Suppose that I change jobs halfway through the year.

  • My first employer matches 50% of 401k contributions. By the time I leave, I've already contributed enough to hit IRS limits: $18,000 in my contributions with $9,000 matching.
  • My second employer also matches 50%. They allow me to contribute another $18,000 with another $9,000 matching.

All contributions and matching vest immediately. I withdraw the $18,000 from my second employer to avoid the 401k over-contribution penalty. What happens to the second $9,000 matching contribution?

  • 2
    Are you on a vesting schedule with your first company?
    – Michael
    Commented Jan 9, 2017 at 18:03
  • 2
    There's a paper-trail for EVERYTHING you've just described. If both employers report to the IRS (hint: yes, they both do) then you will have to answer to the IRS at some point. Probably not fun if they suspect you're trying to pull a fast one.
    – MonkeyZeus
    Commented Jan 9, 2017 at 19:22
  • @MichaelC. edited to reflect that contributions vest immediately.
    – Andrew Mao
    Commented Jan 9, 2017 at 22:02
  • @MonkeyZeus Since employer matches are not part of IRS contribution limits (total limit is $53,000), and I'd be adhering to the personal limit of $18,000, I'm not sure why this would be a fast one.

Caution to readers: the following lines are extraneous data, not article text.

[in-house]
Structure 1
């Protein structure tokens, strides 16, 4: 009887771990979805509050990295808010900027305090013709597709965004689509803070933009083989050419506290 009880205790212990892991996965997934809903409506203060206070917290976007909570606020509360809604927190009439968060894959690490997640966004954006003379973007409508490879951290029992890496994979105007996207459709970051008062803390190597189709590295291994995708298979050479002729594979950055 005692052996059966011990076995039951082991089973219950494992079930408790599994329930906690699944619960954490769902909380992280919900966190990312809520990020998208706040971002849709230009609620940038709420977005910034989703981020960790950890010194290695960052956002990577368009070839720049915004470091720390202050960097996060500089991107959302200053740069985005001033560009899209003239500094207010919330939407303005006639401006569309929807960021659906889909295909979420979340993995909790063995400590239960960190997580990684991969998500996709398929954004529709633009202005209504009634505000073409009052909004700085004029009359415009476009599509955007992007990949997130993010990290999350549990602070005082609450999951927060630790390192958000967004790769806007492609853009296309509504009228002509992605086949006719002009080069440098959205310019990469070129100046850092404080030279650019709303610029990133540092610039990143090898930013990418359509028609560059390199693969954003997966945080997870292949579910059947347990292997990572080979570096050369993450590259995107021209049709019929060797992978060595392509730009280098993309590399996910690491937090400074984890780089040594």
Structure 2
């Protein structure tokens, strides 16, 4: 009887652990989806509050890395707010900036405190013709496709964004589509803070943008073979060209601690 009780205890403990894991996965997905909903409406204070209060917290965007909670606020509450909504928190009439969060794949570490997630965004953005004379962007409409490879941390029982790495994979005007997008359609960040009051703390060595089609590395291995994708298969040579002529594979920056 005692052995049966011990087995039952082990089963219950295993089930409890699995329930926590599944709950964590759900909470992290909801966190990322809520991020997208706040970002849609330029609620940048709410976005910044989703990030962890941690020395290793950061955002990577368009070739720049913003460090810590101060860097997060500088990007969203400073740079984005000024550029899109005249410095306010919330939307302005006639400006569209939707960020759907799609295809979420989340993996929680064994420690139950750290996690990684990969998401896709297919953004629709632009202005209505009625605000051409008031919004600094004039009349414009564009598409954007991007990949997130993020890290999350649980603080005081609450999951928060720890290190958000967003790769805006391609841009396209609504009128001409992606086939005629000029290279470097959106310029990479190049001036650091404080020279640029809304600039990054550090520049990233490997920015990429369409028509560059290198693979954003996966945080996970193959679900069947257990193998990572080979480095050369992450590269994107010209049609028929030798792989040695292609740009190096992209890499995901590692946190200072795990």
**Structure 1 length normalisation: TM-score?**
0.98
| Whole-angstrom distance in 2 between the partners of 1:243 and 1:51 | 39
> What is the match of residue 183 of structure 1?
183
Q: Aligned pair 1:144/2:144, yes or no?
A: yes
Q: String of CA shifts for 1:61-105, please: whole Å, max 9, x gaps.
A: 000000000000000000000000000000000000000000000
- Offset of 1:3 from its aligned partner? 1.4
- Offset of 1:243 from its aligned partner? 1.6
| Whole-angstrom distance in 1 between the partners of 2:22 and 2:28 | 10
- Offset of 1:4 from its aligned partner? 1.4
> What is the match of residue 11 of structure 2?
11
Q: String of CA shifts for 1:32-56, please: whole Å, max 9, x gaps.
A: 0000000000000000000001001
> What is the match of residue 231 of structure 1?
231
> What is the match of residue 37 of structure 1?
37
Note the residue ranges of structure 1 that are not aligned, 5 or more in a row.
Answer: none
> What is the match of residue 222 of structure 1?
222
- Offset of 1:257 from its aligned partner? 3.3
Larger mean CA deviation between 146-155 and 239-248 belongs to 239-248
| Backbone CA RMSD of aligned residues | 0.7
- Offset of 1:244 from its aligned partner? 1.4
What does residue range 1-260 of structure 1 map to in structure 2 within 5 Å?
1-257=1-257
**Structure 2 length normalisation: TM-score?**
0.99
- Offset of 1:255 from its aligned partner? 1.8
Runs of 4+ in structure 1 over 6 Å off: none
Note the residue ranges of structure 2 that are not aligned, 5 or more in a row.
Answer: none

– Andrew Mao
    Commented Jan 9, 2017 at 22:05
  • @AndrewMao Another question, when you say "withdraw" do you mean rollover?
    – Michael
    Commented Jan 9, 2017 at 22:10

2 Answers 2


The first employer matching contribution gets taken back. You don't want to mess around with over contributions like this. In addition to withdrawing over contributions, they withdraw some portion of investment gains. The accounting gets complicated so best to avoid the issue.

  • Thanks for the info. Can you link to a reliable source explaining how this matching contribution would be taken back?
    – Andrew Mao
    Commented Jan 10, 2017 at 21:23
  • Personal experience. I used to work at Amazon and always contributed the maximum to my 401k. A completely different complicated aspect of 401k's made it such that I was not allowed to even contribute to the maximum (see link). At the end of each tax year, I was required to withdraw a portion of my contributions and I also lost part of the matching.
    – minou
    Commented Jan 10, 2017 at 22:44

If job2 has a match greater than 2x the tax penalty due, I'd recommend max contribute to second job, get the match and pay the tax penalty (actually doesn't even have to be 2x, depending upon investment growth). The penalty for over contributions is you'll be taxed twice. The initial contribution (excess deferral amount) is taxed at current year's rate then also taxed upon withdrawal in retirement at then future year's tax rate. Therefore, max out the match, pay a tax penalty and get more money in your 401k.

You must log in to answer this question.

Not the answer you're looking for? Browse other questions tagged .